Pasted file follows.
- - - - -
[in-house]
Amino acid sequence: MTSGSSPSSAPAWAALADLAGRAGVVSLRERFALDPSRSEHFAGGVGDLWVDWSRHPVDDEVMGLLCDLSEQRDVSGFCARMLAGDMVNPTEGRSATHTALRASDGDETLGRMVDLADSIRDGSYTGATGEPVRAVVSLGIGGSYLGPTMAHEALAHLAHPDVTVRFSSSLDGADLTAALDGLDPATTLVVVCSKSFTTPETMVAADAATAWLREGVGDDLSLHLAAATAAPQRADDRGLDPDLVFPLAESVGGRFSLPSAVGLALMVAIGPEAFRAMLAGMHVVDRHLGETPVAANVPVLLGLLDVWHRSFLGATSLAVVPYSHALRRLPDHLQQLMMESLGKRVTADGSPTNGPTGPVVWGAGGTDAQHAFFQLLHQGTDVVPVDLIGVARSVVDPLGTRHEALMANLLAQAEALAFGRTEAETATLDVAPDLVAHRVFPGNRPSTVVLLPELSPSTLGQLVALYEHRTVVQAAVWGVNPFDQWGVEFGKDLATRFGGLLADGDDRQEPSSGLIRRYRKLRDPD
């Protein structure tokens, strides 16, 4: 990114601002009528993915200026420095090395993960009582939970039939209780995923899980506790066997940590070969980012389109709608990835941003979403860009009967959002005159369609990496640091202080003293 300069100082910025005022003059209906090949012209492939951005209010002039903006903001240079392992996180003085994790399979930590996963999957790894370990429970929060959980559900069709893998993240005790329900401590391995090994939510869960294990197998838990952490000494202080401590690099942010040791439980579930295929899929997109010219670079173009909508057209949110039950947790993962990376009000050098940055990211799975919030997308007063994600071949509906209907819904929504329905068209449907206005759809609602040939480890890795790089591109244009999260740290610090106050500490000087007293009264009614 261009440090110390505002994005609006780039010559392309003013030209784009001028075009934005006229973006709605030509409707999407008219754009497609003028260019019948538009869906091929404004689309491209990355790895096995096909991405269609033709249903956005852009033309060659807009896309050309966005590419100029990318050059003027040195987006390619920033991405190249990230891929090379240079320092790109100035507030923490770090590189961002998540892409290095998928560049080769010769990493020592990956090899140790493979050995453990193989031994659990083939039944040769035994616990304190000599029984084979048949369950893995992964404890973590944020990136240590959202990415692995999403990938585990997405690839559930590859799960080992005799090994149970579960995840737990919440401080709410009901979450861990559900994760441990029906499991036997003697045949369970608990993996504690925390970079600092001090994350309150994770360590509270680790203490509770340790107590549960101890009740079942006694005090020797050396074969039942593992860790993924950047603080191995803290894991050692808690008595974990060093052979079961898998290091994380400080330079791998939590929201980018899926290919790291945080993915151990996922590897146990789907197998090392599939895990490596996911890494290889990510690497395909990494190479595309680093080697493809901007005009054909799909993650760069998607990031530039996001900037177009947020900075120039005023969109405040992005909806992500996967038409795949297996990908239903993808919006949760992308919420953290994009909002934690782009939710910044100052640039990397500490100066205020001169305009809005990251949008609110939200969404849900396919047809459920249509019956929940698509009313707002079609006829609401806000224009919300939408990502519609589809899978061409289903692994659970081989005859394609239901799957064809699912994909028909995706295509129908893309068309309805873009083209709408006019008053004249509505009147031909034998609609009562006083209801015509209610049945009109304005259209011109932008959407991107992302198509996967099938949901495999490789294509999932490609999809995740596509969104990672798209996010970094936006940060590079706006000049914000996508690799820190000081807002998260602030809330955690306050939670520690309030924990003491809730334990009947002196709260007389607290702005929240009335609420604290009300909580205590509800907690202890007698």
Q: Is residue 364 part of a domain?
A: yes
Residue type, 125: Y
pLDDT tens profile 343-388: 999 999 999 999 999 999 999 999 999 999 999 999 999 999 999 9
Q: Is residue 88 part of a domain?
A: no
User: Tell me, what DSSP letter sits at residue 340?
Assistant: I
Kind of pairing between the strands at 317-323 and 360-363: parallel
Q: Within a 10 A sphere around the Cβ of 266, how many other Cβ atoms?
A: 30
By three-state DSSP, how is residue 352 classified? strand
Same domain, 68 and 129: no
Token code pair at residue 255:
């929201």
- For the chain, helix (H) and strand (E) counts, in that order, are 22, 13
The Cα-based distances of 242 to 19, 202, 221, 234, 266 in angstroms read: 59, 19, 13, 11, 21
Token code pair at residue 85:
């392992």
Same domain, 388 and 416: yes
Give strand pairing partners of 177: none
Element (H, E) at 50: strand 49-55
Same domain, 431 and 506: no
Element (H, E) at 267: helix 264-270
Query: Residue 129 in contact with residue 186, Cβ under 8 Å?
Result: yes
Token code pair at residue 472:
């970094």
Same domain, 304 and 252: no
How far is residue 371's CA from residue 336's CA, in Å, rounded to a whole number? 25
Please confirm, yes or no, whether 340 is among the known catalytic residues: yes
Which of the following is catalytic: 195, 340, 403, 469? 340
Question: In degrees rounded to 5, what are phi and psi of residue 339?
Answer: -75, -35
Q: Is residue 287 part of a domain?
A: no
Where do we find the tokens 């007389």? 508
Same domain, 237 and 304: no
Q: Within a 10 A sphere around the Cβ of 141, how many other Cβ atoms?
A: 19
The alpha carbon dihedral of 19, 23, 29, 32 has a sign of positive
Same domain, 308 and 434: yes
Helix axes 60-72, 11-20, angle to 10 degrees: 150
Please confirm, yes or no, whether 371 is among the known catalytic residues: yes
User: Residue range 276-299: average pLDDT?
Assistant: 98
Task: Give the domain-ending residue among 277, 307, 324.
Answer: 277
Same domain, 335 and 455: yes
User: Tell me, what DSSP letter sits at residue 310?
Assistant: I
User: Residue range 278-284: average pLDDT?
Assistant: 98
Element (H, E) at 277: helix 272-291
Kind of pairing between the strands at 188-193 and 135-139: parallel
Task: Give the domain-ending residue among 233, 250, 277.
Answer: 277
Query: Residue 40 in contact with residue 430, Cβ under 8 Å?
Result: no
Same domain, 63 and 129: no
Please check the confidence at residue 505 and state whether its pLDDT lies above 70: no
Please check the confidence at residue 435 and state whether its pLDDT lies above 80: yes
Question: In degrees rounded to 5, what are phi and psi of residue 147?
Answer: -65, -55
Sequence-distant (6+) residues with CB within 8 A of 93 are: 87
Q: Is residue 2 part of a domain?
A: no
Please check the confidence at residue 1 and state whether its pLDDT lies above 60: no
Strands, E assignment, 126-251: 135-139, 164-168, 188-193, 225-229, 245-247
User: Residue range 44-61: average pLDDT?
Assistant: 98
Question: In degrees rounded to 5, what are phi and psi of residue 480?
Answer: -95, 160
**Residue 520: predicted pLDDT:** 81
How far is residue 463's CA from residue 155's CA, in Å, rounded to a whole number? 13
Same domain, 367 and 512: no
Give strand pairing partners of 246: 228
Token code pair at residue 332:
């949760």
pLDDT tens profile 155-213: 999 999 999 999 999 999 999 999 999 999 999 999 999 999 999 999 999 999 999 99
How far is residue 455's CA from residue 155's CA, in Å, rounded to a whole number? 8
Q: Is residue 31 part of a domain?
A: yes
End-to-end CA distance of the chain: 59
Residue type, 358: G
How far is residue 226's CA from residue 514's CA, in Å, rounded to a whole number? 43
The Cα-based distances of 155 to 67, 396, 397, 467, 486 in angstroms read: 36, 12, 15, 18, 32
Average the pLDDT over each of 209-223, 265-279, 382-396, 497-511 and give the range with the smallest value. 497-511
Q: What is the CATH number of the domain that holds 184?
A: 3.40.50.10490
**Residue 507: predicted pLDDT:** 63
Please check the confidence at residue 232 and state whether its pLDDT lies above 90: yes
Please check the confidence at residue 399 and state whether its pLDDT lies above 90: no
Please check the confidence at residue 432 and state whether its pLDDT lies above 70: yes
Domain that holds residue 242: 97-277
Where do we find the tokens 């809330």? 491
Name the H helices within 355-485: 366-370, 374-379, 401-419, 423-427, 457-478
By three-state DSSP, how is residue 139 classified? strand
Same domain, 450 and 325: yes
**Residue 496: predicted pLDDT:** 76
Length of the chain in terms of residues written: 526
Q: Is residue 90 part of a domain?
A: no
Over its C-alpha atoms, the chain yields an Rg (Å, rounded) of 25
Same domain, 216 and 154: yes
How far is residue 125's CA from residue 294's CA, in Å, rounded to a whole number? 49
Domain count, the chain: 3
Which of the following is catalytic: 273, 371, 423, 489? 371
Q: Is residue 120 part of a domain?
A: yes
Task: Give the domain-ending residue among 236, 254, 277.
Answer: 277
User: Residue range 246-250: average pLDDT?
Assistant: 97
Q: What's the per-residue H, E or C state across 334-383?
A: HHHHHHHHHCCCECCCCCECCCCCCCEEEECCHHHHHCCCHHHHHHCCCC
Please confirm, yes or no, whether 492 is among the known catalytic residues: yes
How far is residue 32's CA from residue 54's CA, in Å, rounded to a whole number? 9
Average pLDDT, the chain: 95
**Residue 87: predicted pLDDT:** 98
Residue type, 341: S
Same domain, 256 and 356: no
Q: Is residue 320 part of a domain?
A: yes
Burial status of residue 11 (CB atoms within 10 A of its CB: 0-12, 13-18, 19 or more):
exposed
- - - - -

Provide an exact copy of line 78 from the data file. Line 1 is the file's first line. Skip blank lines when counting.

How far is residue 463's CA from residue 155's CA, in Å, rounded to a whole number? 13